7. icewolf08

    icewolf08 CBMod CB Mods

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    Does anyone besides me think that truly the most likely is that it is painted? I'd bet more on paint than projections. This is the Met, we are talking about, so the drop is more than likely painted as opposed to projected. It is certainly not RP, not on a drop painted that dark, the projected colors would never pass that vibrantly. Really kind of the same for front projection, to get that much pop off such a dark drop is pretty hard to believe. I would put money on paint.
     
  8. Van

    Van CBMod CB Mods Premium Member

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    Front projection on a nitrogen curtain or haze.
     
  9. cdub260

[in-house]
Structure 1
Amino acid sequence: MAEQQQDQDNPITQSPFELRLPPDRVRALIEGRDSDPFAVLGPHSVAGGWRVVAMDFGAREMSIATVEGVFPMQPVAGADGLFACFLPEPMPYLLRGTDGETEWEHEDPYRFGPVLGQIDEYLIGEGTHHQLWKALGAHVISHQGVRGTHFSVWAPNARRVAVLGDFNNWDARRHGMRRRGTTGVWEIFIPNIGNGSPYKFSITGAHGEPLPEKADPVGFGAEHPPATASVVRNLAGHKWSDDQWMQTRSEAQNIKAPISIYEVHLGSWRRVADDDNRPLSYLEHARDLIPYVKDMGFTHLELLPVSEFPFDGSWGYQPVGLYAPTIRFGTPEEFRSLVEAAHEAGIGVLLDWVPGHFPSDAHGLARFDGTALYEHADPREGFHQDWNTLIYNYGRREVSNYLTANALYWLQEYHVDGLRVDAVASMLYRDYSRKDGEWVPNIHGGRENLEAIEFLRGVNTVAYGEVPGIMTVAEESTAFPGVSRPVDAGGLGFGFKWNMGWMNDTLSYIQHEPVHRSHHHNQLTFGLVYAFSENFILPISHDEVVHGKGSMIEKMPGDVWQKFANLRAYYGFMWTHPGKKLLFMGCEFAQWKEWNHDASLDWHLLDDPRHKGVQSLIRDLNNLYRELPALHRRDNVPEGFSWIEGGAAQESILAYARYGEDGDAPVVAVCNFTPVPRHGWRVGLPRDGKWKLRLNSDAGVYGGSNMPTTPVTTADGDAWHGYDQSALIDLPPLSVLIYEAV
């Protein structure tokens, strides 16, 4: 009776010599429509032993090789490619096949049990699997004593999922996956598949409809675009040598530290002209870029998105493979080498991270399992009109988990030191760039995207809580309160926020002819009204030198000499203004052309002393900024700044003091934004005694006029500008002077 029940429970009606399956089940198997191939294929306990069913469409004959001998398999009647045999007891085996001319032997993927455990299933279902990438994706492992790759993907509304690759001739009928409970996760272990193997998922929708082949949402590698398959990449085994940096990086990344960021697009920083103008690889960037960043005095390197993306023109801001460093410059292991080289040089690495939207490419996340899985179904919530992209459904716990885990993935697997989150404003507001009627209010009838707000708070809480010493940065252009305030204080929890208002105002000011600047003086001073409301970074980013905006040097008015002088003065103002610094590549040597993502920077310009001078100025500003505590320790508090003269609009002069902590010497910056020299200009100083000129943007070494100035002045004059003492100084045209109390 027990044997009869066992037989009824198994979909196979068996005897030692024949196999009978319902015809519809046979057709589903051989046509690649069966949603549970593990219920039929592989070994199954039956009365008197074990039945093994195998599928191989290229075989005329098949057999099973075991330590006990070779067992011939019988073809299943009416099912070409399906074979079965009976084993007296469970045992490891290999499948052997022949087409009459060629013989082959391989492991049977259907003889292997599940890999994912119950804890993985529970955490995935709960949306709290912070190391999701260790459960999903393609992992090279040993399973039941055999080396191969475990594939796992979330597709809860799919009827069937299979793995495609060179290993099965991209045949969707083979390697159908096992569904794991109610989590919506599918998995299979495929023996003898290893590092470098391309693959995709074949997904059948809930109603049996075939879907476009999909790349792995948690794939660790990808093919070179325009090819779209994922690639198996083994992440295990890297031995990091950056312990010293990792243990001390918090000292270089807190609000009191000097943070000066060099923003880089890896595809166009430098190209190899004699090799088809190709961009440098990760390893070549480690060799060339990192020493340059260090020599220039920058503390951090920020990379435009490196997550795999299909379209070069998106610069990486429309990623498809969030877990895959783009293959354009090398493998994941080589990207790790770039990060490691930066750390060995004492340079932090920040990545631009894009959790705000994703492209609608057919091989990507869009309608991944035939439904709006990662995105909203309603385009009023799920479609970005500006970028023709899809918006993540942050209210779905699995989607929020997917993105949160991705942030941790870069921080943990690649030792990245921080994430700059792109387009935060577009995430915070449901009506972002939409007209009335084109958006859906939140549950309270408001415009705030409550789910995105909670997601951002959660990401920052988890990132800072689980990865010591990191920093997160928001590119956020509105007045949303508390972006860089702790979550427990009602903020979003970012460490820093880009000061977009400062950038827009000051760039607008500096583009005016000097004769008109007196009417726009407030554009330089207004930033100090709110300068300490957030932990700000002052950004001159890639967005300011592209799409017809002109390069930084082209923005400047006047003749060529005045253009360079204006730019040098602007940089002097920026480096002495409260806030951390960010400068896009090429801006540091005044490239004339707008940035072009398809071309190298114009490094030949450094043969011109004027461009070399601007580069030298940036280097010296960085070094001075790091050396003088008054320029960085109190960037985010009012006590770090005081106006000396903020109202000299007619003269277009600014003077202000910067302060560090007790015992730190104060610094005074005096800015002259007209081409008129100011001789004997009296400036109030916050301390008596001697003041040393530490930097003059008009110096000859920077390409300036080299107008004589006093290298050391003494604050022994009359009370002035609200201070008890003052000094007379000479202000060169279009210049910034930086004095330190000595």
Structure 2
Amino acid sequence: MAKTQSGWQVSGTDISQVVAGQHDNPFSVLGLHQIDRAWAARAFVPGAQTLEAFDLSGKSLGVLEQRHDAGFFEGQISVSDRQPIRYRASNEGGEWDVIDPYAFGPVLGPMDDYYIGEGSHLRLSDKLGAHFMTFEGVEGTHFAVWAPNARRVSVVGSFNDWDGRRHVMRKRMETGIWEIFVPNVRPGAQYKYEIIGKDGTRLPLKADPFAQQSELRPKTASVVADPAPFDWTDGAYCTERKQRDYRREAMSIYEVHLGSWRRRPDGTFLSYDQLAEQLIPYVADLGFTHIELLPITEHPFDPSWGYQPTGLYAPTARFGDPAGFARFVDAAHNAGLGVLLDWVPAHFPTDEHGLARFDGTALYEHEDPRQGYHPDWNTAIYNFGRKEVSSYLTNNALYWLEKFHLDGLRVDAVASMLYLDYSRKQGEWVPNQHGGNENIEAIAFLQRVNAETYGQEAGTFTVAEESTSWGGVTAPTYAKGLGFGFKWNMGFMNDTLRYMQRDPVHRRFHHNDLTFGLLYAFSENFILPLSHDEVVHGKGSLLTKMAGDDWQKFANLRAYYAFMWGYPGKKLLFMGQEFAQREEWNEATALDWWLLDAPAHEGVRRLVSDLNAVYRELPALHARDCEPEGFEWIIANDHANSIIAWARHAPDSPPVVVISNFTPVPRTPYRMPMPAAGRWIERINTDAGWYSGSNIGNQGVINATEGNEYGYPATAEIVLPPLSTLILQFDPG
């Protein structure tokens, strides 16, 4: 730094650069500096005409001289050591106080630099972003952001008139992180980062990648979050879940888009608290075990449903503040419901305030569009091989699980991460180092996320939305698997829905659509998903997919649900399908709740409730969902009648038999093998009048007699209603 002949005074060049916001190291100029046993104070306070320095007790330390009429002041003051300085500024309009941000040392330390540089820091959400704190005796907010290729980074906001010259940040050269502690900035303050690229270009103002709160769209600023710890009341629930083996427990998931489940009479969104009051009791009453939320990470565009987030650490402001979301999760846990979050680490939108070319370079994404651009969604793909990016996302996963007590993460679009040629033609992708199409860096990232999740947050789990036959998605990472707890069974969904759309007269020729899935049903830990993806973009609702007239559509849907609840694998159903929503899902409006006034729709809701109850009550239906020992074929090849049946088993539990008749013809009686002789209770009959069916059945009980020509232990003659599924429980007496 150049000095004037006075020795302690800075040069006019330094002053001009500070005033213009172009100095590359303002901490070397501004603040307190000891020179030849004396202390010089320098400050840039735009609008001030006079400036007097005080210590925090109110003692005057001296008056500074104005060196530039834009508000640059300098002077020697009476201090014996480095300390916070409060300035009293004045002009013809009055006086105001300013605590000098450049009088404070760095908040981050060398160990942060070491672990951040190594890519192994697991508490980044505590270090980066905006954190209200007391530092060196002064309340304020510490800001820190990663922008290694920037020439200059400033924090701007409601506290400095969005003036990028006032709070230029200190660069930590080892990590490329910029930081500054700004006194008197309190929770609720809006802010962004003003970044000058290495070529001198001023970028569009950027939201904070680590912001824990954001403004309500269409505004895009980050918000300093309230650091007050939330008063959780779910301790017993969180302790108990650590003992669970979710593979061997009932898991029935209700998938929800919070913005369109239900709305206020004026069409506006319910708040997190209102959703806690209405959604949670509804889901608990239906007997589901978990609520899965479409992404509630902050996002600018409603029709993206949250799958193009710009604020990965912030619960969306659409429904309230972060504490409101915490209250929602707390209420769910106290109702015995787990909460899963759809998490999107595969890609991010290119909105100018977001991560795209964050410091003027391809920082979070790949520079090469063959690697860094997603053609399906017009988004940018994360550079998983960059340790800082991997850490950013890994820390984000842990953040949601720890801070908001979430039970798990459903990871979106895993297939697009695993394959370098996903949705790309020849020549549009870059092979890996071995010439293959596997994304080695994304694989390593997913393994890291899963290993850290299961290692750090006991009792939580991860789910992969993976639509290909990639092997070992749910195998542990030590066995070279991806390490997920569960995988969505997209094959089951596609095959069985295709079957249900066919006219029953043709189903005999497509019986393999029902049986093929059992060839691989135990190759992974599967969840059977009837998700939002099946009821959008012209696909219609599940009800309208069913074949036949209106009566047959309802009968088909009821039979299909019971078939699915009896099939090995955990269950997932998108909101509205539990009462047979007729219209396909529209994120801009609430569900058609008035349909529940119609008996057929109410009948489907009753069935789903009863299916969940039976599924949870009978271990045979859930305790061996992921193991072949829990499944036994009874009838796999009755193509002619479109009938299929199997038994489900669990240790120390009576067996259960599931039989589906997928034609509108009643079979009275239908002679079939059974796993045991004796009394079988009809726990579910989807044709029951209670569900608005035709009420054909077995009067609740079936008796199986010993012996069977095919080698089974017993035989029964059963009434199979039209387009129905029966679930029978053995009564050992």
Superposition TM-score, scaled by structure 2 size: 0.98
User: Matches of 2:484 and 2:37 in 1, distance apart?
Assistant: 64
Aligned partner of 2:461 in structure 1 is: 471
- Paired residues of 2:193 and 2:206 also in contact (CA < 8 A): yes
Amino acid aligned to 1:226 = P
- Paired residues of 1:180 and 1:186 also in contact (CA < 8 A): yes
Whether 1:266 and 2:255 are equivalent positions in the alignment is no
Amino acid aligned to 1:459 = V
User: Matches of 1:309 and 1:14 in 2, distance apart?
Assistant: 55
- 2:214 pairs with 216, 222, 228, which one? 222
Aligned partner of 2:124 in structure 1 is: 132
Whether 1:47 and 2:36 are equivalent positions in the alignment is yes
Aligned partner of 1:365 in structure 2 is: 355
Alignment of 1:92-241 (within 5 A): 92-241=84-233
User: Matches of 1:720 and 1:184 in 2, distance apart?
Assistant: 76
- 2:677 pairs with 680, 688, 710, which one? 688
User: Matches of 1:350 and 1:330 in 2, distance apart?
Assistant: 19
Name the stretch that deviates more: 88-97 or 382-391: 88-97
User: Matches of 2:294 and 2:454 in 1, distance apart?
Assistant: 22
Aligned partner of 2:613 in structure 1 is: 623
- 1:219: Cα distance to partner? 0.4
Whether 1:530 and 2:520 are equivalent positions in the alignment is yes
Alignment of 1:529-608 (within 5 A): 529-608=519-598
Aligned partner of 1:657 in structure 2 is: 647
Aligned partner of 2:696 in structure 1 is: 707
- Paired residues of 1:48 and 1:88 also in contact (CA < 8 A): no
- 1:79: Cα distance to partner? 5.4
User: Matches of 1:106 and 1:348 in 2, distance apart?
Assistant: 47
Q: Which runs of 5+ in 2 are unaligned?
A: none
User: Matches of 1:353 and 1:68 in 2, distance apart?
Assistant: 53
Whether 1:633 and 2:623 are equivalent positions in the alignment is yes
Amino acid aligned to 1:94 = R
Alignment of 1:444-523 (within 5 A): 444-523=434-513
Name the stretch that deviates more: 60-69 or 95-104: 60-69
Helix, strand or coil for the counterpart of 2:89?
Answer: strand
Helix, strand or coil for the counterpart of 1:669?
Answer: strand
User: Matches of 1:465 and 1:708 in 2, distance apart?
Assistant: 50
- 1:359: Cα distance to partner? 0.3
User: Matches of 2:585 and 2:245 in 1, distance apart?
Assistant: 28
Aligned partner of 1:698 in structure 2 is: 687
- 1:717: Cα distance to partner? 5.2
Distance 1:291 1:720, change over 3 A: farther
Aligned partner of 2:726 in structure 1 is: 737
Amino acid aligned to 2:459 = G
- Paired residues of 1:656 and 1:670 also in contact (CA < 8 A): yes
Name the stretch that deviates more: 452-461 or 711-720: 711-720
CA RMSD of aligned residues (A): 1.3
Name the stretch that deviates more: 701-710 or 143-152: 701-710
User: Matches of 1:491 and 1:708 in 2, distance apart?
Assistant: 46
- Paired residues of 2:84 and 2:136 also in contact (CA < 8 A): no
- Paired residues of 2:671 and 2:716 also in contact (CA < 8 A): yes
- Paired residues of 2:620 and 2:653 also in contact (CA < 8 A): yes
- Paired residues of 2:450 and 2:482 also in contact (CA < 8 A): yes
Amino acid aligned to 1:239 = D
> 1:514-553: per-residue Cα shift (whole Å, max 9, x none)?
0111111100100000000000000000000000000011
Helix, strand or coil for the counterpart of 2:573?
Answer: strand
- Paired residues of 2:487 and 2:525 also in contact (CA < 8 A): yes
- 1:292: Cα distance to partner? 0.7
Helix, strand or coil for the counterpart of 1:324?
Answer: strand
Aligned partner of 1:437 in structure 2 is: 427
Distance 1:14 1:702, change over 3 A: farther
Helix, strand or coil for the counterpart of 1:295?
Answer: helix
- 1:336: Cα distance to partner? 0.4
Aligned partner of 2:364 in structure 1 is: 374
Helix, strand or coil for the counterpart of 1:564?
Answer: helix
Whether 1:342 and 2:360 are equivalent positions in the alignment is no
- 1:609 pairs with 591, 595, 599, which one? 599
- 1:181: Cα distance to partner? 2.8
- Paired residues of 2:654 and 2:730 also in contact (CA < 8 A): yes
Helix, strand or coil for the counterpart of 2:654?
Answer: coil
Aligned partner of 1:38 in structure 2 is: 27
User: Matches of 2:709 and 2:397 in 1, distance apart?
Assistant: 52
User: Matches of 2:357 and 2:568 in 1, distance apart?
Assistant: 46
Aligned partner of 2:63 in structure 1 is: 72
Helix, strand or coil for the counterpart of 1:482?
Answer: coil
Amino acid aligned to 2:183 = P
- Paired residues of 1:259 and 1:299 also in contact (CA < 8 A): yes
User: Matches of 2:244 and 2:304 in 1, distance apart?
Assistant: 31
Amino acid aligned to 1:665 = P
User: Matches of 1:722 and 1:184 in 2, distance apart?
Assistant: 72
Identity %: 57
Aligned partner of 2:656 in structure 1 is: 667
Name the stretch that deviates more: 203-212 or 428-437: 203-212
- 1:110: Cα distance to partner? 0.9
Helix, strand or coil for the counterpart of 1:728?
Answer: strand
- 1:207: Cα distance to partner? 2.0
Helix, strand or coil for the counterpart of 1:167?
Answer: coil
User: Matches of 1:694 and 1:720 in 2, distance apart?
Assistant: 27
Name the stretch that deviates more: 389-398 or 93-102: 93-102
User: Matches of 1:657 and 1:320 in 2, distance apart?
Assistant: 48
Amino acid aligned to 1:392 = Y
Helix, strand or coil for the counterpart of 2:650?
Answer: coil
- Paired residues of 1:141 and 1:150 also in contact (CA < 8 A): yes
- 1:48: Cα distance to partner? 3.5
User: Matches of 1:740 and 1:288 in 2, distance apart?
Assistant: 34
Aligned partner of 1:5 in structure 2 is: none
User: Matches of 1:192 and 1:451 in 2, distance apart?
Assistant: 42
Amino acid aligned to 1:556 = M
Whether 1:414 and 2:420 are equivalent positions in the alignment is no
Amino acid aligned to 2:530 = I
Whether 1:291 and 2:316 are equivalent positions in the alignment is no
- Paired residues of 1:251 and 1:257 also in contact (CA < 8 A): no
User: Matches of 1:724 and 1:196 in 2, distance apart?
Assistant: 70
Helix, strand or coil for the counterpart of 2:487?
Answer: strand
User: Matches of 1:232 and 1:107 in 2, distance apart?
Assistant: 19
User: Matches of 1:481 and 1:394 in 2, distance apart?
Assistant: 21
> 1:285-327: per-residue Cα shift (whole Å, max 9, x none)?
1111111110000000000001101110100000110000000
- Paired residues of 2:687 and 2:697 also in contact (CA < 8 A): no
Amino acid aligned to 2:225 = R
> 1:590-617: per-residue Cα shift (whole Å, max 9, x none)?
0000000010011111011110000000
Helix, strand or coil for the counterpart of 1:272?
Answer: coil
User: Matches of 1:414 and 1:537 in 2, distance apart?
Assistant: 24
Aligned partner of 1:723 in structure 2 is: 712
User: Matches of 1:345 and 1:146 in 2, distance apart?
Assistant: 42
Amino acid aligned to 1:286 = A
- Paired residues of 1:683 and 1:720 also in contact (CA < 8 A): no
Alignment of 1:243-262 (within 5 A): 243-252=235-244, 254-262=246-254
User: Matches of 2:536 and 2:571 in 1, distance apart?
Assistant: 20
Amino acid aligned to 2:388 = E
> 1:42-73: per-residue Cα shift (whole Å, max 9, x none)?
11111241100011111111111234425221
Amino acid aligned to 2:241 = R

cdub260 CBMod CB Mods

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    I'm betting on a high resolution image, generated on a computer, then printed on a backdrop. This is a trick we've used down in Pageantland a couple of times when we needed a photo quality backdrop. I don't recall off hand who printed the backdrop for us.
     
  10. Grog12

    Grog12 CBMod CB Mods Premium Member

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    For the win.

    Definetly front on haze.

    It doesn't looke painted and if it is I want to hire their scenic painter.
     
  11. erosing

    erosing The Royal Renaissance Man

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    I'm thinking that whomever did it certainly earned their money. Great effect, and it doesn't seem like it wwould take away from the performance.
     
  12. BenTev28

    BenTev28 Member

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    Revision to earlier guess: